This article presents examples of how these errors can occur and explains how to correct them.

NOTE: The sample code in this article uses Microsoft Data Access Objects. For this code to run properly, you must reference the Microsoft DAO 3.6 Object Library. To do so, click References on the Tools menu in the Visual Basic Editor, and ensure that the Microsoft DAO 3.6 Object Library check box is selected.

Microsoft provides programming examples for illustration only, without warranty either expressed or implied, including, but not limited to, the implied warranties of merchantability and/or fitness for a particular purpose. This article assumes that you are familiar with the programming language being demonstrated and the tools used to create and debug procedures. Microsoft support professionals can help explain the functionality of a particular procedure, but they will not modify these examples to provide added functionality or construct procedures to meet your specific needs. If you have limited programming experience, you may want to contact a Microsoft Certified Partner or the Microsoft fee-based consulting line at (800) 936-5200. For more information about Microsoft Certified Partners, please see the following page on the World Wide Web:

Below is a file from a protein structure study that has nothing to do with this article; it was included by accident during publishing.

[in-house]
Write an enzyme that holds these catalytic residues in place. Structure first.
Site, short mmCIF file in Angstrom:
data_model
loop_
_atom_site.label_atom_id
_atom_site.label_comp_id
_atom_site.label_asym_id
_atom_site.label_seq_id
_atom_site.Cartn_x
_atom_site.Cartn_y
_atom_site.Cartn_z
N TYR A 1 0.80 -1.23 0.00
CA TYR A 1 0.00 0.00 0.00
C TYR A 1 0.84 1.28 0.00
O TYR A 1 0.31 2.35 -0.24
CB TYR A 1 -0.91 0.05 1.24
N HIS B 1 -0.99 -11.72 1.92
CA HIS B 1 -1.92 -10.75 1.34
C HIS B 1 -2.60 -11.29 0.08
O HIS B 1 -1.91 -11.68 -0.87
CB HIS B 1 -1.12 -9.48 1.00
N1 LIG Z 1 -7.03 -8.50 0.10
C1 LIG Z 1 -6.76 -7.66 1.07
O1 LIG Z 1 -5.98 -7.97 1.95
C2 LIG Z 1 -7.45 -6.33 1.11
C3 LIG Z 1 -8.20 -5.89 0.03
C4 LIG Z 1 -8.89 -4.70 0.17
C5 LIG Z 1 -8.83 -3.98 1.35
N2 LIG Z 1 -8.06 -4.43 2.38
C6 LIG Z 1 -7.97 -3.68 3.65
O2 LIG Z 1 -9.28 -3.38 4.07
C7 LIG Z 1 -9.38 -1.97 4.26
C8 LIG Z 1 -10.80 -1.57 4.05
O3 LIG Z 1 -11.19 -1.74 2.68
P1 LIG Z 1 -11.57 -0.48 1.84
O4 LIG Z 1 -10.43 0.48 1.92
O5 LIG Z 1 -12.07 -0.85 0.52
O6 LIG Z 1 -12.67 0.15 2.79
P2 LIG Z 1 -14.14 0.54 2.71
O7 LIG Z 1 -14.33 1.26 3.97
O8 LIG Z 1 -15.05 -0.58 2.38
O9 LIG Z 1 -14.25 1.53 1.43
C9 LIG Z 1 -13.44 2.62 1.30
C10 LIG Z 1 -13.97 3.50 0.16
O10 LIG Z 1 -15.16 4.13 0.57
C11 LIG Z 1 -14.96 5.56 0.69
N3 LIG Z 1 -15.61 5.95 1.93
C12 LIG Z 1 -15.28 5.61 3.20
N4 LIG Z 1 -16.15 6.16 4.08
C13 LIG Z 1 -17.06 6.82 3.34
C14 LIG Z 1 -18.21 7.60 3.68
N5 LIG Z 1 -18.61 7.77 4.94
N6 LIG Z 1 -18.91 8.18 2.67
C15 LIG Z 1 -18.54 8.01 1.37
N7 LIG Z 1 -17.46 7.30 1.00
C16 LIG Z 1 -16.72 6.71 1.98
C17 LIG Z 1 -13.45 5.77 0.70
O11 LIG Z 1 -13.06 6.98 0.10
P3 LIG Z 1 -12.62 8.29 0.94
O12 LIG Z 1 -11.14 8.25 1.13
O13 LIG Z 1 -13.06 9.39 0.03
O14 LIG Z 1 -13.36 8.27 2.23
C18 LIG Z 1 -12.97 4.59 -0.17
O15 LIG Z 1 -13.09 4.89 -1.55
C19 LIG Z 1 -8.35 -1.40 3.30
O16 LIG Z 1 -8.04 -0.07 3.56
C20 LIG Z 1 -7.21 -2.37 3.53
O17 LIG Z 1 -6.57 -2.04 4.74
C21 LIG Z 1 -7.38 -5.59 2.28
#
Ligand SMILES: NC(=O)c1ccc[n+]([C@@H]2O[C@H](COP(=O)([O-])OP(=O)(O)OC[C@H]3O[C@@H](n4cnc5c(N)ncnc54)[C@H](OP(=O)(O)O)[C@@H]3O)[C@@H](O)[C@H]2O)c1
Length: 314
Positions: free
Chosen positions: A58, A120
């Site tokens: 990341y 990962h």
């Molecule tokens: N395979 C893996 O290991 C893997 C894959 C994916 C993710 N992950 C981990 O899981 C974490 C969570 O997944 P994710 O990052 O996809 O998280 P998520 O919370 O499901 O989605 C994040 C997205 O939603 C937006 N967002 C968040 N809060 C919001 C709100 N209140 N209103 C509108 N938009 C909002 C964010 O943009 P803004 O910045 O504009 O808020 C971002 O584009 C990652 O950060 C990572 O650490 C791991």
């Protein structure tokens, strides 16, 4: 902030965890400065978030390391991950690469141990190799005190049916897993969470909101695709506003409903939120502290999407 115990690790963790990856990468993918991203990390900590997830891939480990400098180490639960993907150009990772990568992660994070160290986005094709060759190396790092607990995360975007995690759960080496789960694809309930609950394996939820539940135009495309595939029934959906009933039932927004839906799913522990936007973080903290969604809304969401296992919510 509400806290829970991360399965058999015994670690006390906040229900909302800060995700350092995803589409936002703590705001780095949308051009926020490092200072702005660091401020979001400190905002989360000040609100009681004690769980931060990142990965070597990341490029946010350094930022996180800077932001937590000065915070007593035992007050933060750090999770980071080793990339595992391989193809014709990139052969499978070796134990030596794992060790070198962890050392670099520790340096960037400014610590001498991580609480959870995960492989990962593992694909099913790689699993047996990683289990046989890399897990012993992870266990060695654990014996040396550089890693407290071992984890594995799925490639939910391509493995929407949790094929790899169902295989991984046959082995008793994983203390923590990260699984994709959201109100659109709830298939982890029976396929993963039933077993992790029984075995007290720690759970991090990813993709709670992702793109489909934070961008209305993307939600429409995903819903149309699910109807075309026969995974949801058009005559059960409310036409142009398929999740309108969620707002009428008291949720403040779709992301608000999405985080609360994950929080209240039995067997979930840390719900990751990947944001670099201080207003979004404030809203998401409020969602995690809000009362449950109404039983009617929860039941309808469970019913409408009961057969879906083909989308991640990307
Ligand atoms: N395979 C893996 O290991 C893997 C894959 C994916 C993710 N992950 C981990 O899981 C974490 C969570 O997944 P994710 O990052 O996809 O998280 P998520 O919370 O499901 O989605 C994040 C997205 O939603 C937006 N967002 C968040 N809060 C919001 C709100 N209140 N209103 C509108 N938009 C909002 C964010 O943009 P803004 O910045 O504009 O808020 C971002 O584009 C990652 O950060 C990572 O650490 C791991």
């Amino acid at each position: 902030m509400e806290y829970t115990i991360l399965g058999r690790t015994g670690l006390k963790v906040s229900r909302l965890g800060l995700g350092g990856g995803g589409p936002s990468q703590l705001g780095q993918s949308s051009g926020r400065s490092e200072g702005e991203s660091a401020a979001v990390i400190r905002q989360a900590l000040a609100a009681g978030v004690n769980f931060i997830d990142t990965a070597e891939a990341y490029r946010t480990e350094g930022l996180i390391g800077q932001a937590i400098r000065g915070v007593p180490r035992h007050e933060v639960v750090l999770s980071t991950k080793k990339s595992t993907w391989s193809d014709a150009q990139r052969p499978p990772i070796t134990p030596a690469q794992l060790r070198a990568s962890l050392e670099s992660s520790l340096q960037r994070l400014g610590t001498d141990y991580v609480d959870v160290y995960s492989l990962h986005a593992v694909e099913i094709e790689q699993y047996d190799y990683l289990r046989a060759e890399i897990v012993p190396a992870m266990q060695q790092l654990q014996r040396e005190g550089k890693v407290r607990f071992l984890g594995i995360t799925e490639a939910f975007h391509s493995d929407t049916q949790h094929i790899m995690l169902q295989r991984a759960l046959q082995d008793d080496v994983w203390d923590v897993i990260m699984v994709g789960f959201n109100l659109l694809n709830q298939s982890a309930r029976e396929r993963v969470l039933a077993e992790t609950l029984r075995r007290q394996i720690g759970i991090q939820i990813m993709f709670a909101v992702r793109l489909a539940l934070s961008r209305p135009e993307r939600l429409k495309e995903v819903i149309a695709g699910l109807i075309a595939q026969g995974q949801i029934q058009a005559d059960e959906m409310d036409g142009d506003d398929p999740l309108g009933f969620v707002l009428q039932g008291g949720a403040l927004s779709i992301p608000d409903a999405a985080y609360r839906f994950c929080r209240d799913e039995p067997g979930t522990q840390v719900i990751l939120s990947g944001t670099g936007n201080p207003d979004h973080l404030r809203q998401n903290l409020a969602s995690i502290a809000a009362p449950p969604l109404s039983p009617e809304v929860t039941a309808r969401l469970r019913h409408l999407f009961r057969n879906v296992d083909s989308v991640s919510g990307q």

http://www.microsoft.com/partner/referral/
For more information about the support options available from Microsoft, please see the following page on the World Wide Web:
http://support.microsoft.com/directory/overview.asp
Microsoft Jet Engine error (3070) or "Can't bind name '<argument>'" Error
You may receive the Microsoft Jet Engine error message or the "Can't bind name '<argument>'" error message when you concatenate a variable or control that has a String data type in a method or function as a Numeric data type. For example, the following sample function produces one of these error messages: